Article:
“But to be candid . . . —to take the good of everybody’s character and make it still better, and say nothing of the bad—belongs to you alone.”—Elizabeth Bennet to her sister Jane in Jane Austen’s Pride and Prejudice
Is candor taking the good and ignoring the bad?? Many words used by Jane Austen have changed meaning since her time, but we tend not to notice if the word is still in use.
I think of candor as being full of light, like “candle” or “incandescent.” In Divergent, the house of “Candor” always tells the truth. But this candor has a dark side—it reveals dark secrets, and it encourages people to say whatever they think, even if it hurts others. In Austen’s Pride and Prejudice, Lady Catherine de Bourgh speaks with modern candor: uncensored speech and forthrightness. But, she did not practice what Jane Austen knew as “candour” (the British spelling).
“Candour” was a Christian virtue, a way of showing love. It meant seeing the best in people, generously making excuses for anything that looked bad, kindly forgiving human weaknesses, “assuming right motives,” as a marriage counselor once told my husband and myself to do.
Blair’s Sermon “On Candour” and Jane Bennet
Hugh Blair wrote a sermon “On Candour” that Austen probably read. She refers to Blair twice in her novels: In Mansfield Park Mary Crawford says clergy should preach from Blair’s Sermons, and in Northanger Abbey Henry Tilney uses Blair, who also wrote a book on rhetoric, as an authority on word usage.
Blair’s sermon is based on I Corinthians 13:5, which in the King James Version says Charity . . . “thinketh no evil.” A more modern translation, the NIV, says Love . . . “is not easily angered, it keeps no record of wrongs.” According to Blair, this does not mean that we never judge anything as wrong; clearly we are to abhor and condemn evil. But we are not to be quick to judge and condemn people.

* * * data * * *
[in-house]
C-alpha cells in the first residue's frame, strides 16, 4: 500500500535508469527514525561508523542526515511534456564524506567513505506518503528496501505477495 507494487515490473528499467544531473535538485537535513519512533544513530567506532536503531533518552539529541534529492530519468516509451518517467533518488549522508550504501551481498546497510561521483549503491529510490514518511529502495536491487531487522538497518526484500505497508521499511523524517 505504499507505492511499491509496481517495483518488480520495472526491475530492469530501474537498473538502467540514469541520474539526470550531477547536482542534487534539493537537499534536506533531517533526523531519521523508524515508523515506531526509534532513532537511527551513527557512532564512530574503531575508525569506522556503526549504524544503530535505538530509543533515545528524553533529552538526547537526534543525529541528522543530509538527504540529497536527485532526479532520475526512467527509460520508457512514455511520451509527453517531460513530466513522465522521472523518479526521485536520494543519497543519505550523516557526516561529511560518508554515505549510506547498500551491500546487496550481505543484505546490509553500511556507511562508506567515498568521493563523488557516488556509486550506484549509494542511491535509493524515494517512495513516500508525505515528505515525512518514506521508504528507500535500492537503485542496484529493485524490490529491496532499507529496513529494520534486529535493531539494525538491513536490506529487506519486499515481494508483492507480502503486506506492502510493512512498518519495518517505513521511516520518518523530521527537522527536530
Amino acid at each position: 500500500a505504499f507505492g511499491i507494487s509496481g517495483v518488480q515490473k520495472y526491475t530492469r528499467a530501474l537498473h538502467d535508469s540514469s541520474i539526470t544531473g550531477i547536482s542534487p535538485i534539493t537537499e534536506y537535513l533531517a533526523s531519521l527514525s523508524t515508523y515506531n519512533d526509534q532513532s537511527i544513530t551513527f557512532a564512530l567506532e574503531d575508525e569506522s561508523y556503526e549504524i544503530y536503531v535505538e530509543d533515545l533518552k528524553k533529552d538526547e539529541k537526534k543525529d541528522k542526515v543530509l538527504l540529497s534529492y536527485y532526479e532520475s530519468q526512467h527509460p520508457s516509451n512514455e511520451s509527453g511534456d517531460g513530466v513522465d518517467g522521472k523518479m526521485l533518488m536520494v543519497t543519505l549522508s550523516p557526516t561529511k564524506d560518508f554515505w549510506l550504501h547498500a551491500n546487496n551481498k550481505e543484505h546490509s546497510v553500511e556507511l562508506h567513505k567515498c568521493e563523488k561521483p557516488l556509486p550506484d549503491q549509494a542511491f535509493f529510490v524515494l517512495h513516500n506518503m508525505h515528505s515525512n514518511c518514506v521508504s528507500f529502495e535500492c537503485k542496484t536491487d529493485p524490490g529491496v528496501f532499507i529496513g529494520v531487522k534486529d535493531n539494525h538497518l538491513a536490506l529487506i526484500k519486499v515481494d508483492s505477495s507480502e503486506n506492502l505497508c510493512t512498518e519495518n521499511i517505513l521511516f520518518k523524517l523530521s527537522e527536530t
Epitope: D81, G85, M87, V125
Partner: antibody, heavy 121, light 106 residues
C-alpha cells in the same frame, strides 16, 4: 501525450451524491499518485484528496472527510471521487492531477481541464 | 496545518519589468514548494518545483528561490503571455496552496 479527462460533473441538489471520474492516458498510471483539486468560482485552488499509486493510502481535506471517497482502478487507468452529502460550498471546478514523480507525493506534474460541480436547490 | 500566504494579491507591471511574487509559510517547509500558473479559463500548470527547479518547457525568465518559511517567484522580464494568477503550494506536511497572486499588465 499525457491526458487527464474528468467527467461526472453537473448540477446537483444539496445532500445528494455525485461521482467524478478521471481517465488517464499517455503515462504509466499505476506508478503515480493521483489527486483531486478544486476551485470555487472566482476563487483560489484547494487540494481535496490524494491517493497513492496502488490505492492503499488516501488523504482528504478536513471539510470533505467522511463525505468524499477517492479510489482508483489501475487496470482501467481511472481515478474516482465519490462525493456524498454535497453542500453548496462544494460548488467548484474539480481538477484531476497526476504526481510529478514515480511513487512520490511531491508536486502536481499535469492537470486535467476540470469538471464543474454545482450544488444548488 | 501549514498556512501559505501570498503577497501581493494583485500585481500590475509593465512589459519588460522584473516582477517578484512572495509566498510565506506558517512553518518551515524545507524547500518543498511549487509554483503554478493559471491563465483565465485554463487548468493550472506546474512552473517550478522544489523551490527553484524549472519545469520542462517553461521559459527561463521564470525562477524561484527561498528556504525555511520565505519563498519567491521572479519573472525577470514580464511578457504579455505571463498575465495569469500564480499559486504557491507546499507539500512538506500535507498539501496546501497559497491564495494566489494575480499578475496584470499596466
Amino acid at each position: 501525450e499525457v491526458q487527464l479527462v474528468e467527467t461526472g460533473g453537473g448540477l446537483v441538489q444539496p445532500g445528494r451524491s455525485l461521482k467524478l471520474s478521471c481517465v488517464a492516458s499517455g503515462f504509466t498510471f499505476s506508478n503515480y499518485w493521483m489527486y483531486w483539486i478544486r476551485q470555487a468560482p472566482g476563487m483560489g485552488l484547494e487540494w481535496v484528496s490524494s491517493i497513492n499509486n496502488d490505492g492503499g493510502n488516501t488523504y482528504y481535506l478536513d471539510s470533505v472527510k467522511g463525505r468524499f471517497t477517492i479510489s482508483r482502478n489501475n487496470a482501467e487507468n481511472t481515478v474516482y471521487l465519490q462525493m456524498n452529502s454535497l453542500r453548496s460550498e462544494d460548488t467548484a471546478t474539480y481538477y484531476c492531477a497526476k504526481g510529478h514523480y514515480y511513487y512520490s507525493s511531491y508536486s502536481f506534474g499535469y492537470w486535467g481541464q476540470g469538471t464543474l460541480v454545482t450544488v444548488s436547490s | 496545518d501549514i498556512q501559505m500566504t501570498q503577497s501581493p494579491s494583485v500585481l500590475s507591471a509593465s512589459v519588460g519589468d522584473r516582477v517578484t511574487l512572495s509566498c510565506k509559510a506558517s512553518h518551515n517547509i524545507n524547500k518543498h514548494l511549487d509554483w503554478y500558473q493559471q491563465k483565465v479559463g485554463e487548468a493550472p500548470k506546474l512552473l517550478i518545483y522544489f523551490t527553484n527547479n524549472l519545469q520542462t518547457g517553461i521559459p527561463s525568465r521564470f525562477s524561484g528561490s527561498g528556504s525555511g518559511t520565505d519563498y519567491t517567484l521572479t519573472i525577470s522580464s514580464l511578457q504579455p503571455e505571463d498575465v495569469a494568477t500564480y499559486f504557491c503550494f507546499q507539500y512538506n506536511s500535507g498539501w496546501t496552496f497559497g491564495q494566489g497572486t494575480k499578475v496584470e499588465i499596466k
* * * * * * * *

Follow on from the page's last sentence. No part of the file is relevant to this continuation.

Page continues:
Blair says many people appear on the outside to be smiling and kind, but on the inside are thinking evil of others. However, Jane Bennet’s candour comes from her heart.
Her sister Elizabeth tells her, “Oh! you are a great deal too apt, you know, to like people in general. You never see a fault in anybody. All the world are good and agreeable in your eyes. I never heard you speak ill of a human being in your life.”
Jane responds, “I would not wish to be hasty in censuring anyone; but I always speak what I think.”
“I know you do; and it is that which makes the wonder. With your good sense, to be so honestly blind to the follies and nonsense of others! Affectation [pretense] of candour is common enough—one meets with it everywhere. But to be candid without ostentation or design—to take the good of everybody’s character and make it still better, and say nothing of the bad—belongs to you alone.”
Blair says the person of candour recognizes that there is good and bad in everyone, and even one’s enemies have some virtues. (Shades of Luke Skywalker, who sees good even in Darth Vader!) When the candid person sees the speck in his brother’s eye, he is aware of the log in his own eye (Luke 6:41)—he remembers his own faults and so does not judge the other person’s faults harshly.
When Bingley leaves and doesn’t return, Elizabeth is quick to blame him, but Jane refuses to judge him. She sees her own vanity, the log in her own eye, as a bigger problem than Bingley’s neglect, saying, “We must not be so ready to fancy ourselves intentionally injured. We must not expect a lively young man to be always so guarded and circumspect. It is very often nothing but our own vanity that deceives us. Women fancy [imagine] admiration means more than it does.”
“And men take care that they should,” responds Elizabeth.
Jane, however, assumes the best, that Bingley did not hurt her on purpose. She says, “If it is designedly done, they cannot be justified; but I have no idea of there being so much design in the world as some persons imagine.”